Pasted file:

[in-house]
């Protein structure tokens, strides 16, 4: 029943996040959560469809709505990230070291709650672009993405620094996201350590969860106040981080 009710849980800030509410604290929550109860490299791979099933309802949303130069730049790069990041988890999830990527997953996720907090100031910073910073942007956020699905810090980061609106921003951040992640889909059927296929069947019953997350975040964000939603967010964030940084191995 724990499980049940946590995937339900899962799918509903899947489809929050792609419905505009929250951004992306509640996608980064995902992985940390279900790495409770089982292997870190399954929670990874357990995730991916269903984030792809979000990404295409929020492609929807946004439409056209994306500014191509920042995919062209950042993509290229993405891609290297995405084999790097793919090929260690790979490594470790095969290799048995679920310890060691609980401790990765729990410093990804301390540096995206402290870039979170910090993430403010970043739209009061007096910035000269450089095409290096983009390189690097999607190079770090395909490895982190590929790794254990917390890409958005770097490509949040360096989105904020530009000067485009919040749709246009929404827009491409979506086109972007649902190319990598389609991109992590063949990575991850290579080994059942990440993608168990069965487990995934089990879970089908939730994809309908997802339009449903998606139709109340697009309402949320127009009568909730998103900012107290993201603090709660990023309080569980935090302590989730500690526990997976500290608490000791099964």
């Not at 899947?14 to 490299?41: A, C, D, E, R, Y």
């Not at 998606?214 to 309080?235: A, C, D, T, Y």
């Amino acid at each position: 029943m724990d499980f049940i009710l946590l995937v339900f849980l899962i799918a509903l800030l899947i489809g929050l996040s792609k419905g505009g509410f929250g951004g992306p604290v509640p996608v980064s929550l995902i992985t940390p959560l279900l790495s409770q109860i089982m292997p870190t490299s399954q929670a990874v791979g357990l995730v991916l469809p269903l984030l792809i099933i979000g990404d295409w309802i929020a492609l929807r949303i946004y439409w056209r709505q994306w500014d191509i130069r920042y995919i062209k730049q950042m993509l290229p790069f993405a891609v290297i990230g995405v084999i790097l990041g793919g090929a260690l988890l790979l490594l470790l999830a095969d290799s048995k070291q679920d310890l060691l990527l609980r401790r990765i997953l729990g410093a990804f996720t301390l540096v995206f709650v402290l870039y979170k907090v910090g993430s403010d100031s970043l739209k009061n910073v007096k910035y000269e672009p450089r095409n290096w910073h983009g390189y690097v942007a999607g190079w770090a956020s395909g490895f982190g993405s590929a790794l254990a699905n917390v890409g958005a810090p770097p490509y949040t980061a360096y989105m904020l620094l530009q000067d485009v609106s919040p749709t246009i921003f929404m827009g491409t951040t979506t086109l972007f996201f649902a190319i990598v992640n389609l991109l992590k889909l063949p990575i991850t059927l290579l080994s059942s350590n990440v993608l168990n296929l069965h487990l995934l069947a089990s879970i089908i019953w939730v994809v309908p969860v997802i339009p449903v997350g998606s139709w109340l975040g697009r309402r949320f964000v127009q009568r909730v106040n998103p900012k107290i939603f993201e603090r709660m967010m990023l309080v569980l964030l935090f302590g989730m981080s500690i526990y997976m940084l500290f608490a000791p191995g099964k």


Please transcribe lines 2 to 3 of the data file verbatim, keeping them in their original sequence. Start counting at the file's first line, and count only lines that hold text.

């Protein structure tokens, strides 16, 4: 029943996040959560469809709505990230070291709650672009993405620094996201350590969860106040981080 009710849980800030509410604290929550109860490299791979099933309802949303130069730049790069990041988890999830990527997953996720907090100031910073910073942007956020699905810090980061609106921003951040992640889909059927296929069947019953997350975040964000939603967010964030940084191995 724990499980049940946590995937339900899962799918509903899947489809929050792609419905505009929250951004992306509640996608980064995902992985940390279900790495409770089982292997870190399954929670990874357990995730991916269903984030792809979000990404295409929020492609929807946004439409056209994306500014191509920042995919062209950042993509290229993405891609290297995405084999790097793919090929260690790979490594470790095969290799048995679920310890060691609980401790990765729990410093990804301390540096995206402290870039979170910090993430403010970043739209009061007096910035000269450089095409290096983009390189690097999607190079770090395909490895982190590929790794254990917390890409958005770097490509949040360096989105904020530009000067485009919040749709246009929404827009491409979506086109972007649902190319990598389609991109992590063949990575991850290579080994059942990440993608168990069965487990995934089990879970089908939730994809309908997802339009449903998606139709109340697009309402949320127009009568909730998103900012107290993201603090709660990023309080569980935090302590989730500690526990997976500290608490000791099964």
């Not at 899947?14 to 490299?41: A, C, D, E, R, Y």